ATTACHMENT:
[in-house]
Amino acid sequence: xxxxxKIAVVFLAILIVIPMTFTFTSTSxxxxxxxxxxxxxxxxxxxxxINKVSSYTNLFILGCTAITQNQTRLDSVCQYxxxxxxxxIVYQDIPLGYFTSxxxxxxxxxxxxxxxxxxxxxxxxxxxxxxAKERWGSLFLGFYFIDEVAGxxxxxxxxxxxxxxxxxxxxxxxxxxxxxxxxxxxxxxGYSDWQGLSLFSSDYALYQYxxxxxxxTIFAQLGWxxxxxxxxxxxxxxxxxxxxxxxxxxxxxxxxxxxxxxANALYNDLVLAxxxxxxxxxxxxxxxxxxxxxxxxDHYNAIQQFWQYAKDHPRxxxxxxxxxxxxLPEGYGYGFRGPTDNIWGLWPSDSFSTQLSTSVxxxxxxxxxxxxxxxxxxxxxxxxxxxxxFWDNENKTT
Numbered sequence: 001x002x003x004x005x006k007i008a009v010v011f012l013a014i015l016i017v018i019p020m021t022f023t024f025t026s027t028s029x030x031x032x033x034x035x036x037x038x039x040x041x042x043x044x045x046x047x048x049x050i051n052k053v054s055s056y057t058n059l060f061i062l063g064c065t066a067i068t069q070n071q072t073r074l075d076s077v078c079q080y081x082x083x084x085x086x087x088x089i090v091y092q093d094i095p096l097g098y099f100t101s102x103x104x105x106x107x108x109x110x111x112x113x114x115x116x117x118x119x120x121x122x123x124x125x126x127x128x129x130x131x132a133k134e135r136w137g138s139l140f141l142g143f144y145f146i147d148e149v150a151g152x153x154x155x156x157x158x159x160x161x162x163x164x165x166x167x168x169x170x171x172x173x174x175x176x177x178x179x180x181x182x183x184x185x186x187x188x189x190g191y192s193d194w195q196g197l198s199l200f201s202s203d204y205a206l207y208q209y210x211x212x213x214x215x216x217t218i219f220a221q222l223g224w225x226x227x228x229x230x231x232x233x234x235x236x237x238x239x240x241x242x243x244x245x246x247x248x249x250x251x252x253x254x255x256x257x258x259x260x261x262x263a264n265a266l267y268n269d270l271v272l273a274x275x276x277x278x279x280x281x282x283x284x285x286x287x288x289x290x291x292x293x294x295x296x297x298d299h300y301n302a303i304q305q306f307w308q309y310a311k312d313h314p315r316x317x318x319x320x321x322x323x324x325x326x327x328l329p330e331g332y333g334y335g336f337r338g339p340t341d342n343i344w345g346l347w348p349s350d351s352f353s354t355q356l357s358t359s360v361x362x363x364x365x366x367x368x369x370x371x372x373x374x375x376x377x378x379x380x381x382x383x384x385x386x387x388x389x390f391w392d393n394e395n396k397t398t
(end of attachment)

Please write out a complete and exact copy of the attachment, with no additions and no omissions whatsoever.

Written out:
[in-house]
Amino acid sequence: xxxxxKIAVVFLAILIVIPMTFTFTSTSxxxxxxxxxxxxxxxxxxxxxINKVSSYTNLFILGCTAITQNQTRLDSVCQYxxxxxxxxIVYQDIPLGYFTSxxxxxxxxxxxxxxxxxxxxxxxxxxxxxxAKERWGSLFLGFYFIDEVAGxxxxxxxxxxxxxxxxxxxxxxxxxxxxxxxxxxxxxxGYSDWQGLSLFSSDYALYQYxxxxxxxTIFAQLGWxxxxxxxxxxxxxxxxxxxxxxxxxxxxxxxxxxxxxxANALYNDLVLAxxxxxxxxxxxxxxxxxxxxxxxxDHYNAIQQFWQYAKDHPRxxxxxxxxxxxxLPEGYGYGFRGPTDNIWGLWPSDSFSTQLSTSVxxxxxxxxxxxxxxxxxxxxxxxxxxxxxFWDNENKTT
Numbered sequence: 001x002x003x004x005x006k007i008a009v010v011f012l013a014i015l016i017v018i019p020m021t022f023t024f025t026s027t028s029x030x031x032x033x034x035x036x037x038x039x040x041x042x043x044x045x046x047x048x049x050i051n052k053v054s055s056y057t058n059l060f061i062l063g064c065t066a067i068t069q070n071q072t073r074l075d076s077v078c079q080y081x082x083x084x085x086x087x088x089i090v091y092q093d094i095p096l097g098y099f100t101s102x103x104x105x106x107x108x109x110x111x112x113x114x115x116x117x118x119x120x121x122x123x124x125x126x127x128x129x130x131x132a133k134e135r136w137g138s139l140f141l142g143f144y145f146i147d148e149v150a151g152x153x154x155x156x157x158x159x160x161x162x163x164x165x166x167x168x169x170x171x172x173x174x175x176x177x178x179x180x181x182x183x184x185x186x187x188x189x190g191y192s193d194w195q196g197l198s199l200f201s202s203d204y205a206l207y208q209y210x211x212x213x214x215x216x217t218i219f220a221q222l223g224w225x226x227x228x229x230x231x232x233x234x235x236x237x238x239x240x241x242x243x244x245x246x247x248x249x250x251x252x253x254x255x256x257x258x259x260x261x262x263a264n265a266l267y268n269d270l271v272l273a274x275x276x277x278x279x280x281x282x283x284x285x286x287x288x289x290x291x292x293x294x295x296x297x298d299h300y301n302a303i304q305q306f307w308q309y310a311k312d313h314p315r316x317x318x319x320x321x322x323x324x325x326x327x328l329p330e331g332y333g334y335g336f337r338g339p340t341d342n343i344w345g346l347w348p349s350d351s352f353s354t355q356l357s358t359s360v361x362x363x364x365x366x367x368x369x370x371x372x373x374x375x376x377x378x379x380x381x382x383x384x385x386x387x388x389x390f391w392d393n394e395n396k397t398t